Romulus and Remus are two CIA agents, their direct instructor is John Elliott. They both were picked up at an orphanage by Elliott at the age of about eight, raised together as brothers and...
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Lee H. Katzin
Romulus and Remus are two CIA agents, their direct instructor is John Elliott. They both were picked up at an orphanage by Elliott at the age of about eight, raised together as brothers and specially trained to supersede every other agent in the service. This is what they know. What they do not know is that they are part of a system Elliott had invented to build up his own private army of pros which can be assigned to any job he wishes. One day Romulus takes over a job in the course of which he and his team blow up a house and about half a dozen civilians with it. After that Romulus feels he is being chased by both men of the CIA and the Mossad. He has to find out that Elliott betrayed both him and Remus from the start. Elliott used them and others, which were recruited and raised the same way Romulus and Remus were, to support a secret agreement that was constituted between top secret service leaders of England, France, Russia, Germany and the USA after the second world war. To its ... Written by
Alto Speckhardt <Alto.Speckhardt@student.uni-ulm.de>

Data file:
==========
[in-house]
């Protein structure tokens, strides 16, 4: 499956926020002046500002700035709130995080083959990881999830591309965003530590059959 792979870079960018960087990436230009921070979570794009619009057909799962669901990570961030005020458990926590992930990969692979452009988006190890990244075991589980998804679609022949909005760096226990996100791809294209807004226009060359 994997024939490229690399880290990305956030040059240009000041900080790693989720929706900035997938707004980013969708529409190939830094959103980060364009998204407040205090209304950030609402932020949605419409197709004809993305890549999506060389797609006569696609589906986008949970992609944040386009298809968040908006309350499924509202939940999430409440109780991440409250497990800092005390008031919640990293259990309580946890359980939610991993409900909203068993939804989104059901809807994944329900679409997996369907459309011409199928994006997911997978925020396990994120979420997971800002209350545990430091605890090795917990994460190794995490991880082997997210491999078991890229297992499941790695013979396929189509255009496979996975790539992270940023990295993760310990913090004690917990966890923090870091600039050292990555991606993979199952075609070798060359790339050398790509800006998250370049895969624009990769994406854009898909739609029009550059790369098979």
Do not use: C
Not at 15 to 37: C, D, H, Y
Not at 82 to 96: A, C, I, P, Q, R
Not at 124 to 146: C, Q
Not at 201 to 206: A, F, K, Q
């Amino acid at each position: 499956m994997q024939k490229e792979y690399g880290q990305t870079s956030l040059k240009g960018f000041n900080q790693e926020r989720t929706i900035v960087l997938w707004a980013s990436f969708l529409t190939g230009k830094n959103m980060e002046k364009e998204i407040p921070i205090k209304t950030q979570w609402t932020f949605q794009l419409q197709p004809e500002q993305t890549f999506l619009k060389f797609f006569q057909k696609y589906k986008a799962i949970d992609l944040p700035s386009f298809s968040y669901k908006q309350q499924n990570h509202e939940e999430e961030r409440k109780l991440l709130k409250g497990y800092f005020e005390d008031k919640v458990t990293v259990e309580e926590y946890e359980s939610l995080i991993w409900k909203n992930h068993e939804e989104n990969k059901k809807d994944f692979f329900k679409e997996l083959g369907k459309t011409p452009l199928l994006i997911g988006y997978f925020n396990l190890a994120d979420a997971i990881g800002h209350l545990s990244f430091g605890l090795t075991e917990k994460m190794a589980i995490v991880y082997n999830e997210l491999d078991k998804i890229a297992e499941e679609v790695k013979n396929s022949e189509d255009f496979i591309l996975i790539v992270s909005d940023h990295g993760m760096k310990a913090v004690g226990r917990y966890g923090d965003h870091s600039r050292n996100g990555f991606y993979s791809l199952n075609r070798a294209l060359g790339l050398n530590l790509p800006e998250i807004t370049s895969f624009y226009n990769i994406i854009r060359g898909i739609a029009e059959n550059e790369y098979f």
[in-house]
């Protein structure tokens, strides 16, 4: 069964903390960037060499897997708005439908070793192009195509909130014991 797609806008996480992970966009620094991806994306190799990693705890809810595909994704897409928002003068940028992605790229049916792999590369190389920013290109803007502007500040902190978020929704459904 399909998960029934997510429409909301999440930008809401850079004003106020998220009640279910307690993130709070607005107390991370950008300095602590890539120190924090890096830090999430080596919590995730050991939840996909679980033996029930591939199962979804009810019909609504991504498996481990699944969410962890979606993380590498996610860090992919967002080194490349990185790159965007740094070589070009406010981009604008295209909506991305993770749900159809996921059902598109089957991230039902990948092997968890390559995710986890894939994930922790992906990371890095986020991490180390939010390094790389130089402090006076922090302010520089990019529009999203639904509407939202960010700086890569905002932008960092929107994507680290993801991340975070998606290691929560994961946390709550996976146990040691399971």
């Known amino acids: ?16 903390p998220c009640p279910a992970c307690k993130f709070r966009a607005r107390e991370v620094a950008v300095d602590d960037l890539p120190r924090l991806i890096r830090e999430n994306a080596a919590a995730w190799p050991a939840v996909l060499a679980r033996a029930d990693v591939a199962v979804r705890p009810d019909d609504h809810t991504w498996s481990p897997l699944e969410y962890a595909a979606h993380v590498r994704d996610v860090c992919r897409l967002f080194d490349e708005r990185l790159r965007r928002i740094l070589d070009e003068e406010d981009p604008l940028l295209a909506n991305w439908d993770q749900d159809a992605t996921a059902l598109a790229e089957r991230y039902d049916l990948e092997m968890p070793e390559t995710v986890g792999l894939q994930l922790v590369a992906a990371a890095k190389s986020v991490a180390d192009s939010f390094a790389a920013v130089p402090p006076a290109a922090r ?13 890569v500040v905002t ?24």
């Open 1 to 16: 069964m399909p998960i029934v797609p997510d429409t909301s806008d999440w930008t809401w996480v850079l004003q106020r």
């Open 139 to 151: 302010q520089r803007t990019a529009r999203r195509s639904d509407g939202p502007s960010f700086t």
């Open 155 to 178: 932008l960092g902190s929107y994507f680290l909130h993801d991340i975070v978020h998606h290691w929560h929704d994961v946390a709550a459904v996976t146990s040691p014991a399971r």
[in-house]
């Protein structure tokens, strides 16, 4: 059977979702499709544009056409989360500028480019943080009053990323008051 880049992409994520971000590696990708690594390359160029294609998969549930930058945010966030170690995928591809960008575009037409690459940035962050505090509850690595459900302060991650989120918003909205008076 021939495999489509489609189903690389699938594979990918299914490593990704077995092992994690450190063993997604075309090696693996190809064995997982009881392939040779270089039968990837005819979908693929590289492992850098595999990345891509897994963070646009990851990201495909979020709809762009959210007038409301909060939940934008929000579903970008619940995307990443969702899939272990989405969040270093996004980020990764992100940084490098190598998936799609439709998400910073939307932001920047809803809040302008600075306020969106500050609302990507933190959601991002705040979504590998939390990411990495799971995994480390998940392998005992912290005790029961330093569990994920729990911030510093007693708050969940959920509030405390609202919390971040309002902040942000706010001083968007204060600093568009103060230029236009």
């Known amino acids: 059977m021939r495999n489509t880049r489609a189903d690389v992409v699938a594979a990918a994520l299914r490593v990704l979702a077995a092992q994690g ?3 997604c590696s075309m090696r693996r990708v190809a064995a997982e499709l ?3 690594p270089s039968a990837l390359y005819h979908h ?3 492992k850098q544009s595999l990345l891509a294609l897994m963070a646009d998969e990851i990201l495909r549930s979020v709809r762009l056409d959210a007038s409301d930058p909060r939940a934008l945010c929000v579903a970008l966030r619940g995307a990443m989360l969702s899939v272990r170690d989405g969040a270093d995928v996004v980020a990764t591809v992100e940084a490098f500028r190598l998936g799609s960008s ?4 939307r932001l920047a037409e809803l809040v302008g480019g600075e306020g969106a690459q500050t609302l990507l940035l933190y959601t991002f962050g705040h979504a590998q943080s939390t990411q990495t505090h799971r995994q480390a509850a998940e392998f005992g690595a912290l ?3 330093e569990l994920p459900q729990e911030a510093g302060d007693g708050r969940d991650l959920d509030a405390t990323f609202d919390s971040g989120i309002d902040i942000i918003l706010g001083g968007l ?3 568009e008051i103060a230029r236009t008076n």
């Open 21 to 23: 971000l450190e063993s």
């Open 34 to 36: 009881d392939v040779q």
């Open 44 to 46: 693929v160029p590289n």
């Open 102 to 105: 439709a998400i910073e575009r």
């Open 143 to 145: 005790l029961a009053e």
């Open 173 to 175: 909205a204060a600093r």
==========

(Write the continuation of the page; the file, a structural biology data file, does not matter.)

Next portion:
This is a satisfactory TV mini-series about spies, which has a very unusual plot. It lasts for 240 minutes. It is based upon a novel by David Morrell. Robert Mitchum plays a Deputy Director of the CIA named Elliott who is a real old-timer and 'has always been around'. And during that time he has been busy building a secret network of assassins, 18 of them in fact, who answer only to him and ask no questions. His method was to find pairs of boys in orphanages, aged about seven, who had formed a close bond between each other and become a surrogate father to them. He did this nine times in nine different cities, but none of the pairs of 'brothers' knew that the others existed. This story concerns the pair whose code names are Romulus and Remus, played by Peter Strauss and David Morse. When the story begins, they are totally loyal to their 'father', Elliott, and it has never occurred to them that he would or could ever betray or sacrifice them, since they entirely believe in his paternal love for them. What they do not realize, but eventually discover, is that he is a power-mad maniac who has entered into an international cabal with senior intelligence officers in four other countries to manipulate world events and 'keep the stupid politicians in check'. Elliott is intimately linked with the creation of safe sanctuaries for spies where operatives from any agency of any country can seek shelter. These shelters are known as 'Abelard Sanctuaries', after the mediaeval philosopher Abelard (yes, the one who was in love with Heloise). Anyone who breaks the Abelard Sanction by killing one of the operatives on the premises is instantly terminated. It is meant to be where all types can let their hair down, dress for dinner and sip champagne, and of course be safe from being killed until they leave. The five men who set up the Abelard network in 1947 are the five grand conspirators, and Elliott is the protégé of the American one. During the course of the story, Peter Strauss kills Elliott's British counterpart. A very pretty Israeli colonel of Mossad is in the story, played by Concetta Sellecca. She and Strauss (Romulus) were in love before and then separated by events, but come together again in this story, and jointly struggle against the massive web of conspiracy. There are lots of helicopters, aerial attacks, racing cars, barbed wire fences, guns and Uzis, knives, hand to hand combat, desperate situations, people cornered who escape, and many a thrill of that kind. It is all good diversionary entertainment. And Peter and Concetta kiss in between escaping, shooting, and chasing bad guys. You see, Elliott decides to sacrifice Strauss and sets him up after having him assassinate five international businessmen who endanger his plays for control of the world scene. So that does not go down well with Strauss when he figures out what is happening. And things go on happening, four hours' worth of them. This is a guy's thing, not something that would appeal to women.
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